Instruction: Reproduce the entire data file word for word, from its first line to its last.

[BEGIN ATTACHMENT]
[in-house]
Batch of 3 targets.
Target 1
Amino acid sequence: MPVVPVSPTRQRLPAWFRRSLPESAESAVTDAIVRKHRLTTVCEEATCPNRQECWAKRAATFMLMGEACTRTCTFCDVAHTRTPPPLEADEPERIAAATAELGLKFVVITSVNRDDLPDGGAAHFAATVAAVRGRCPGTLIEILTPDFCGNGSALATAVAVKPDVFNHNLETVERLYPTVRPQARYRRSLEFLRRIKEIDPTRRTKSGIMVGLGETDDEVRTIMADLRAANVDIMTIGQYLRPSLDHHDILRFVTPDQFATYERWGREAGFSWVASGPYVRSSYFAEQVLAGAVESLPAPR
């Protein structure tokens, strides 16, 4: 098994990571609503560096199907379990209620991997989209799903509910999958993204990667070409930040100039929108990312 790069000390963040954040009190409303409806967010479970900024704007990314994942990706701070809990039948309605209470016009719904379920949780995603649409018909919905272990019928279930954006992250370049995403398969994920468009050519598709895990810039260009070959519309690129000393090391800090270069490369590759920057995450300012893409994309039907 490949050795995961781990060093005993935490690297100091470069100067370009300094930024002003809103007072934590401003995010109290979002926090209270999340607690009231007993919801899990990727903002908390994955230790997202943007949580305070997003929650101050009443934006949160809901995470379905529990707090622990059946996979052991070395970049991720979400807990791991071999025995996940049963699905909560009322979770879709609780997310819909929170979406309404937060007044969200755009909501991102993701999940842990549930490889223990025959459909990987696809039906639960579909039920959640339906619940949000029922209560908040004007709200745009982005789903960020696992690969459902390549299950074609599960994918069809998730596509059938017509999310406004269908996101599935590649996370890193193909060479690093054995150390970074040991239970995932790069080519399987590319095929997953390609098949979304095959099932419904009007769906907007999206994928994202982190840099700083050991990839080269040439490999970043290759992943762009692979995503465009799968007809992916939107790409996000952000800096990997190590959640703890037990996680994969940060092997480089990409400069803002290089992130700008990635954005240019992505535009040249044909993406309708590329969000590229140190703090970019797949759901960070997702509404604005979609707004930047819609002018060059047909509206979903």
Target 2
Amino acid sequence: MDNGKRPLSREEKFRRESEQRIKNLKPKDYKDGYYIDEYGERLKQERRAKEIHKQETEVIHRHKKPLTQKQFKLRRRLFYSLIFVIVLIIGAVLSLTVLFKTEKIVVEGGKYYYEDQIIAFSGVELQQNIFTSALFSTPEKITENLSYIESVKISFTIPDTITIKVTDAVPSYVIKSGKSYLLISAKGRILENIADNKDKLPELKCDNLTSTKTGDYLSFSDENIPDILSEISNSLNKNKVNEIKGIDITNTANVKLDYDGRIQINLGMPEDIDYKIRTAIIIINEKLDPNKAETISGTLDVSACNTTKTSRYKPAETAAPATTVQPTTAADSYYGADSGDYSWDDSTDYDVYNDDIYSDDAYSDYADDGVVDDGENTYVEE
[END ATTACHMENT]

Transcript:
[in-house]
Batch of 3 targets.
Target 1
Amino acid sequence: MPVVPVSPTRQRLPAWFRRSLPESAESAVTDAIVRKHRLTTVCEEATCPNRQECWAKRAATFMLMGEACTRTCTFCDVAHTRTPPPLEADEPERIAAATAELGLKFVVITSVNRDDLPDGGAAHFAATVAAVRGRCPGTLIEILTPDFCGNGSALATAVAVKPDVFNHNLETVERLYPTVRPQARYRRSLEFLRRIKEIDPTRRTKSGIMVGLGETDDEVRTIMADLRAANVDIMTIGQYLRPSLDHHDILRFVTPDQFATYERWGREAGFSWVASGPYVRSSYFAEQVLAGAVESLPAPR
């Protein structure tokens, strides 16, 4: 098994990571609503560096199907379990209620991997989209799903509910999958993204990667070409930040100039929108990312 790069000390963040954040009190409303409806967010479970900024704007990314994942990706701070809990039948309605209470016009719904379920949780995603649409018909919905272990019928279930954006992250370049995403398969994920468009050519598709895990810039260009070959519309690129000393090391800090270069490369590759920057995450300012893409994309039907 490949050795995961781990060093005993935490690297100091470069100067370009300094930024002003809103007072934590401003995010109290979002926090209270999340607690009231007993919801899990990727903002908390994955230790997202943007949580305070997003929650101050009443934006949160809901995470379905529990707090622990059946996979052991070395970049991720979400807990791991071999025995996940049963699905909560009322979770879709609780997310819909929170979406309404937060007044969200755009909501991102993701999940842990549930490889223990025959459909990987696809039906639960579909039920959640339906619940949000029922209560908040004007709200745009982005789903960020696992690969459902390549299950074609599960994918069809998730596509059938017509999310406004269908996101599935590649996370890193193909060479690093054995150390970074040991239970995932790069080519399987590319095929997953390609098949979304095959099932419904009007769906907007999206994928994202982190840099700083050991990839080269040439490999970043290759992943762009692979995503465009799968007809992916939107790409996000952000800096990997190590959640703890037990996680994969940060092997480089990409400069803002290089992130700008990635954005240019992505535009040249044909993406309708590329969000590229140190703090970019797949759901960070997702509404604005979609707004930047819609002018060059047909509206979903």
Target 2
Amino acid sequence: MDNGKRPLSREEKFRRESEQRIKNLKPKDYKDGYYIDEYGERLKQERRAKEIHKQETEVIHRHKKPLTQKQFKLRRRLFYSLIFVIVLIIGAVLSLTVLFKTEKIVVEGGKYYYEDQIIAFSGVELQQNIFTSALFSTPEKITENLSYIESVKISFTIPDTITIKVTDAVPSYVIKSGKSYLLISAKGRILENIADNKDKLPELKCDNLTSTKTGDYLSFSDENIPDILSEISNSLNKNKVNEIKGIDITNTANVKLDYDGRIQINLGMPEDIDYKIRTAIIIINEKLDPNKAETISGTLDVSACNTTKTSRYKPAETAAPATTVQPTTAADSYYGADSGDYSWDDSTDYDVYNDDIYSDDAYSDYADDGVVDDGENTYVEE